One of the most popular celebrations in San Francisco’s Chinatown is Chinese New Year. Chinese New Year is celebrated for two weeks every spring. The celebration has been held for more than 5,000 years in China and began in the 1860s in San Francisco during the Gold Rush. The event has grown to be one of the largest Asian celebrations in all of North America. During the celebration there are two major fairs, the Chinese New Year Flower Fair and the Chinatown Community Street Fair. At the end of the celebration is the famous Chinese New Year Parade, named one of the world’s top ten parades. More than 100 participants enter the parade each year and most of them tie their presentation to the year’s theme. But the highlight every year is probably the Golden Dragon, at more than 201 feet long it is always the grade finale of the parade and actually came from China. One hundred people are needed to support the dragon and walk it through the streets, this may seem like a big burden but each of the people chosen to participate in carrying the dragon feel it’s a great honor.

Portsmouth Square

Portsmouth Square once bordered the area to one side but now has been enveloped and the square sits firmly in the center of Chinatown. The square was the hub of many early activities and features numerous plaques and markers noting such historical events. The square was named for the U.S.S. Portsmouth which traveled to the region in 1846. Take time during the day to walk the square and take in the monuments, enjoy the park with a picnic but be sure to come back at night. Every Saturday from July to October from 6pm to 11pm Portsmouth Square hosts Chinatown Night Market Fair. This nightly transformation of the square to a hustling and bustling market like the ones in Hong Kong is amazing and quite a lot of fun for everybody. Look for bargains on trinkets and souvenirs, fresh authentic Chinese street food, traditional entertainment and unusual arts.

Old St. Mary’s

The first cathedral in California was Old St. Mary’s. Much of the stone work for the building actually came from China and was brought over to San Francisco by ship. From 1854 to 1891 the cathedral served as the archdiocese for San Francisco and designed to serve as a mission where the new Chinese immigrants could be converted to the Catholic faith. Unfortunately the building, even though it was soundly constructed, was destroyed in 1906 by the earthquake. Rebuilding began in 1909 and the church once again became a hub for local worship.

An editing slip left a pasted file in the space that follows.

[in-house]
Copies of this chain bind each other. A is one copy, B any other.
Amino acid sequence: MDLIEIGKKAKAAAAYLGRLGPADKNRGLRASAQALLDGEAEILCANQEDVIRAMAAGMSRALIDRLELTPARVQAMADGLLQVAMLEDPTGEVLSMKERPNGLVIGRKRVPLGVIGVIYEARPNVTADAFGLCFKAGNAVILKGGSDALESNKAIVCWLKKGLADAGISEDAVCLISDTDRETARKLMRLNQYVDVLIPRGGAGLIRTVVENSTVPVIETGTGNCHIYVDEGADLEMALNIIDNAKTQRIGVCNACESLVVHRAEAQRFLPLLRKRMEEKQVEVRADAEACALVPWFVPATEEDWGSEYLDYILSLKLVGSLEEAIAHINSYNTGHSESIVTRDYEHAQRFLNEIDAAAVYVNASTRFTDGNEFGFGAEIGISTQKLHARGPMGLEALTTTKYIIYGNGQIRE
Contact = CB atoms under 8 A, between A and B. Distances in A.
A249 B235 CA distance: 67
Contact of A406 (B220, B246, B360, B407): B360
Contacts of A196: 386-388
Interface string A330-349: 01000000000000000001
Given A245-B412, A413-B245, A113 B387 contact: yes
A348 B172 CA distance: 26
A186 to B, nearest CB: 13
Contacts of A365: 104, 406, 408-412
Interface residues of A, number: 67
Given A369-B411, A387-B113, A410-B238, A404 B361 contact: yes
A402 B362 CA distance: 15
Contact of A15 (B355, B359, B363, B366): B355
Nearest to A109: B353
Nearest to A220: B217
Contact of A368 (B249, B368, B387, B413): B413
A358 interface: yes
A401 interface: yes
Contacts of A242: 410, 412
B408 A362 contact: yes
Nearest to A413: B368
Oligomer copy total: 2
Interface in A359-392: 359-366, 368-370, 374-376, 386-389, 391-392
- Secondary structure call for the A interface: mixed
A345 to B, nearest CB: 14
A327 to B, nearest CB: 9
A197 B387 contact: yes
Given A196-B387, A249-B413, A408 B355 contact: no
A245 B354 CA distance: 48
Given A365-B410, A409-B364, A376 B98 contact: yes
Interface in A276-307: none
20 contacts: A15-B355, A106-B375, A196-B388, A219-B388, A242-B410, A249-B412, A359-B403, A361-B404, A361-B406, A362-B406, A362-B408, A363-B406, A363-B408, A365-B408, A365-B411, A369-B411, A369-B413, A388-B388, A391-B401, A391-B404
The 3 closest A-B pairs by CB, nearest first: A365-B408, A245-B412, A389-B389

In addition to all of the attractions in Chinatown there are some other experiences you just must seek out. The first is of course to dine there. The food is completely authentic and incredibly good and fresh. In fact it’s so fresh you may be a little put off by the corner markets with produce for sale as it is not sold like a traditional American grocery store. Which brings us to another experience visitors to Chinatown should soak in, the markets and stores. Buy souvenirs and authentic Chinese products in the stores where you’ll find some incredible deals. The herb shops are also a must, whether you want to try some ancient herbal remedies for what ails you or if you just want to look around, it’s an interesting experience. Immerse yourself in Chinatown and you’ll be happy you did.
Creative Commons License Photo credit: doortoriver